In addition, people cannot hear you when you speak but only when you stop speaking; it is the “interruption that creates the possibility of understanding.” I find that assertion very amusing because most people want to become better speakers. Well, if you become a better “pauser”, you’ll be a better speaker. The two are intimately connected.

All pauses are pregnant with content. You can intimidate with pauses, or you can impact tactfully with them. It is more than a craft. Watch people who pause a lot and, consequently, hold your attention. It is because they pause intentionally. The truth of any relationship is lodged in the silence between two people. What takes place in the silence is incredibly revealing. When you send e-mail to someone, and they do not write back after they receive it, it creates “communication in the silence.” More is said in the silence or subtext in communication situations than in the speaking. The speaking shines as a consequence of the pauses; therefore, the art of pause is the true engine behind all successful communications.

Silence is a controlling mechanism, but when used properly, it will command anyone’s attention within moments. We’ve all been in situations where we are being stared down or sized up. I’d like to bring to your attention that it feels doubly awkward when nothing is said during those friendly controlling “procedures.” That’s what makes them difficult to bear.

How do I practice the art of pause? By listening actively at every pause you intentionally make. One listens, sustains, and contemplates at pauses. One listens to: impact, mood, thoughts, feelings, adjustments to be made, etc. It takes courage to listen to silence, but once you do consistently, you’ll find that all your questions are answered there. If you want to know how any relationship is going, listen to what is taking place in the silence. If you have the courage to confront the content of silence, you will become present to a whole new communication paradigm.

If you need coaching or know someone who could benefit from honing these skills, feel free to contact me on my cell at (818) 486-3395 or by going to my web site.

Wishing you continued success,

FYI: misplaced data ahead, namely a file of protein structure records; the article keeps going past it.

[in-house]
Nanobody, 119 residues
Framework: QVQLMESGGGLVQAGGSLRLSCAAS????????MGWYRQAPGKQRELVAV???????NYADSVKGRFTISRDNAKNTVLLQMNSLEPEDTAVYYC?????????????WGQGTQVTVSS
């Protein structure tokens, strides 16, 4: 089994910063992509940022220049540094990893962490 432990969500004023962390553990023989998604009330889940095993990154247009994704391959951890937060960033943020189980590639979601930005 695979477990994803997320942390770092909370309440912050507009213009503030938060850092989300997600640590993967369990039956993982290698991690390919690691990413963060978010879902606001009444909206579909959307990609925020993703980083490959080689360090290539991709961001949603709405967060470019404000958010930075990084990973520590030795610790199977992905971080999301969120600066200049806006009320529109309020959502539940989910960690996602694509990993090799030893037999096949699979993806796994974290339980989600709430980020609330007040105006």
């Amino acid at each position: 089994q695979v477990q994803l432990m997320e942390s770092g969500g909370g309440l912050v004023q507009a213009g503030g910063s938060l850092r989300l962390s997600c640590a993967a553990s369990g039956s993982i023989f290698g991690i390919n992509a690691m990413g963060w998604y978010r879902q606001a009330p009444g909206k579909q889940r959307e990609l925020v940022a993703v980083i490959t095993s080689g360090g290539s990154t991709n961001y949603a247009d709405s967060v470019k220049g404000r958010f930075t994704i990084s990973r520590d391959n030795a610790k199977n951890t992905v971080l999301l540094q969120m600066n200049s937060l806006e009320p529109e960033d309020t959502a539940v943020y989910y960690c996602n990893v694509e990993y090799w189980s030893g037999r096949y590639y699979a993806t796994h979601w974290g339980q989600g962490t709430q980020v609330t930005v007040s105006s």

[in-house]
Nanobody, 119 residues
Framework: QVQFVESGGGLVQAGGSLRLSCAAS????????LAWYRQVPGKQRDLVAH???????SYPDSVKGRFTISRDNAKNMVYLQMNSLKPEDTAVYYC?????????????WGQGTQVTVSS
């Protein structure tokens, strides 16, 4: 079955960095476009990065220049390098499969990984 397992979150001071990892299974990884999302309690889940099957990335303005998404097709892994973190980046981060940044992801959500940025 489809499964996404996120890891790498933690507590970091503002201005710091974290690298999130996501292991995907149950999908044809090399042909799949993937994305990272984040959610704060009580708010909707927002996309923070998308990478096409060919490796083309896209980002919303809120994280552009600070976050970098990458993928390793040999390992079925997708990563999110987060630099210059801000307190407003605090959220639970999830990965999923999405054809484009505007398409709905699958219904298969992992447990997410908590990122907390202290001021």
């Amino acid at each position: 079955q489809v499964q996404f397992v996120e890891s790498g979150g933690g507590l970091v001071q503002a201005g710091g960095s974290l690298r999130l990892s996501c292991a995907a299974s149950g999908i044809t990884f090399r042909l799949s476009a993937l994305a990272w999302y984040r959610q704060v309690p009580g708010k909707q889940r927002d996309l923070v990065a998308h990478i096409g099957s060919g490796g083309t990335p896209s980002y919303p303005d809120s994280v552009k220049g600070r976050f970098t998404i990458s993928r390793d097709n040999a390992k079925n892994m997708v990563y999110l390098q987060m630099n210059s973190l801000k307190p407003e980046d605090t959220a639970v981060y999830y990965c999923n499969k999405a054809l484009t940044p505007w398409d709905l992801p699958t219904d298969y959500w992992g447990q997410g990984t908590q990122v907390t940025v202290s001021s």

Eric Stone

“On-demand, world-class training for high impact

Speeches, Presentations & Media Appearances.”


Copyright © 2009 Speakers & Artists International, Inc.

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How to Make Speaking with Confidence into a Way of Life by Eric Stone

Context and premise. As a coach you are clearly in the business of empowerment. As I continue my journey working with people of all walks of life, professional and cultural backgrounds, it has become undeniably obvious that possessing good public speaking skills is now the  “new must.” As far as I can tell it started to really pick up speed around 2003.

It is my conviction, that the digital age through globalization has sponsored and generated a new breed of individuals. Individuals who are searching for new creative and innovative ways to do their job more effectively and competitively. Excellent public speaking skills is at the heart of this trend. Surely, we all have noticed how much easier and cheaper it is to produce digital audio and video media. Technology is growing exponentially and we are at a point where it will never take a break.

As much as anyone can use a digital camera, not everyone can deliver a speech impeccably simply as a function of the age they live in. I will go as far as saying that new medias look so good technically that it often upstages the performances within the media itself. Hence, the urgency with which most clients seek my services over the past seven years or so. We dwell in an age where looking good is everything and packaging is key. However, you cannot fake what is “inside” the package. We can be fooled once but not twice.

I was one of those fortunate people who caught the last short decade when all the great giant acting, dance and performance teachers were still alive. I spent years studying in master classes with Uta Hagen, Herbert Berghof, Stella Adler, Lee Strasberg, and a few other master teachers well versed in ground breaking techniques (Meisner, Checkhov, Method, etc.) It changed my life forever.

One of the key elements they all shared and expressed passionately was the relationship between craft and life style. Put simply you can never be good, let alone great at something, until it becomes a way of life. There should be no difference between your “off-the-stage” life and your “on-the-stage” life. It should feel natural in both cases. All that depends on your willingness to integrate, in this case public speaking, as part of your daily or weekly repertoire of behaviors.

To most people, being in front of others is a daunting experience simply because it isn’t something they “do” regularly. As a long time recording artist and stage actor, I am always a bit apprehensive to put on my headphones or take that first step on stage; but I have long considered it my way of life. This is what I do! For instance and for the purpose of this article, a public speaker speaks in public, right?